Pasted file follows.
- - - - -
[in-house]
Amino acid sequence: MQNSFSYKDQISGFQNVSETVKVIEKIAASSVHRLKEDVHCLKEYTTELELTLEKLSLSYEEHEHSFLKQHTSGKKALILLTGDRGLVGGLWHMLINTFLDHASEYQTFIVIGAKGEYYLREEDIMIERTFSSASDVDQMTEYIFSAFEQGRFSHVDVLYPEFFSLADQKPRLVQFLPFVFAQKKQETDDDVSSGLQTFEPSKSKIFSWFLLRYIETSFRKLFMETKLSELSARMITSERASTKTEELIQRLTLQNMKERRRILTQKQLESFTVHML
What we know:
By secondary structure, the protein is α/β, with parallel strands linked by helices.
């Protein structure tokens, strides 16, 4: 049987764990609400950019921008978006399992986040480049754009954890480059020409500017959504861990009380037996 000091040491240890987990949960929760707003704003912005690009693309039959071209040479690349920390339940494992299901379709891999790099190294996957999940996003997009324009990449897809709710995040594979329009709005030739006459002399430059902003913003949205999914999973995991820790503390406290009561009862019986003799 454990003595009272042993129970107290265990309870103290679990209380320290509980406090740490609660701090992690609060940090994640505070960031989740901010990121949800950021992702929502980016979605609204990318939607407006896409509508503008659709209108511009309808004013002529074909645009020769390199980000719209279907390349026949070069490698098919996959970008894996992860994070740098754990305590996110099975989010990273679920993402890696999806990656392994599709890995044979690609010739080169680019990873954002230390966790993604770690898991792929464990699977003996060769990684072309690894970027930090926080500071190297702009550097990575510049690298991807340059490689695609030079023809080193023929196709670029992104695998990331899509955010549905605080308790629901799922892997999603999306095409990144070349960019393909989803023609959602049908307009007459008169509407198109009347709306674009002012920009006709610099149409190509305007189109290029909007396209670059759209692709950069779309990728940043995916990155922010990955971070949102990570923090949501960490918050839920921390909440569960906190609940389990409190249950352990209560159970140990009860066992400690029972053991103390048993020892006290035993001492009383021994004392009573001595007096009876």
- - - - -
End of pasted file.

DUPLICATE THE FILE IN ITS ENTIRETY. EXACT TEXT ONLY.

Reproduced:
[in-house]
Amino acid sequence: MQNSFSYKDQISGFQNVSETVKVIEKIAASSVHRLKEDVHCLKEYTTELELTLEKLSLSYEEHEHSFLKQHTSGKKALILLTGDRGLVGGLWHMLINTFLDHASEYQTFIVIGAKGEYYLREEDIMIERTFSSASDVDQMTEYIFSAFEQGRFSHVDVLYPEFFSLADQKPRLVQFLPFVFAQKKQETDDDVSSGLQTFEPSKSKIFSWFLLRYIETSFRKLFMETKLSELSARMITSERASTKTEELIQRLTLQNMKERRRILTQKQLESFTVHML
What we know:
By secondary structure, the protein is α/β, with parallel strands linked by helices.
């Protein structure tokens, strides 16, 4: 049987764990609400950019921008978006399992986040480049754009954890480059020409500017959504861990009380037996 000091040491240890987990949960929760707003704003912005690009693309039959071209040479690349920390339940494992299901379709891999790099190294996957999940996003997009324009990449897809709710995040594979329009709005030739006459002399430059902003913003949205999914999973995991820790503390406290009561009862019986003799 454990003595009272042993129970107290265990309870103290679990209380320290509980406090740490609660701090992690609060940090994640505070960031989740901010990121949800950021992702929502980016979605609204990318939607407006896409509508503008659709209108511009309808004013002529074909645009020769390199980000719209279907390349026949070069490698098919996959970008894996992860994070740098754990305590996110099975989010990273679920993402890696999806990656392994599709890995044979690609010739080169680019990873954002230390966790993604770690898991792929464990699977003996060769990684072309690894970027930090926080500071190297702009550097990575510049690298991807340059490689695609030079023809080193023929196709670029992104695998990331899509955010549905605080308790629901799922892997999603999306095409990144070349960019393909989803023609959602049908307009007459008169509407198109009347709306674009002012920009006709610099149409190509305007189109290029909007396209670059759209692709950069779309990728940043995916990155922010990955971070949102990570923090949501960490918050839920921390909440569960906190609940389990409190249950352990209560159970140990009860066992400690029972053991103390048993020892006290035993001492009383021994004392009573001595007096009876």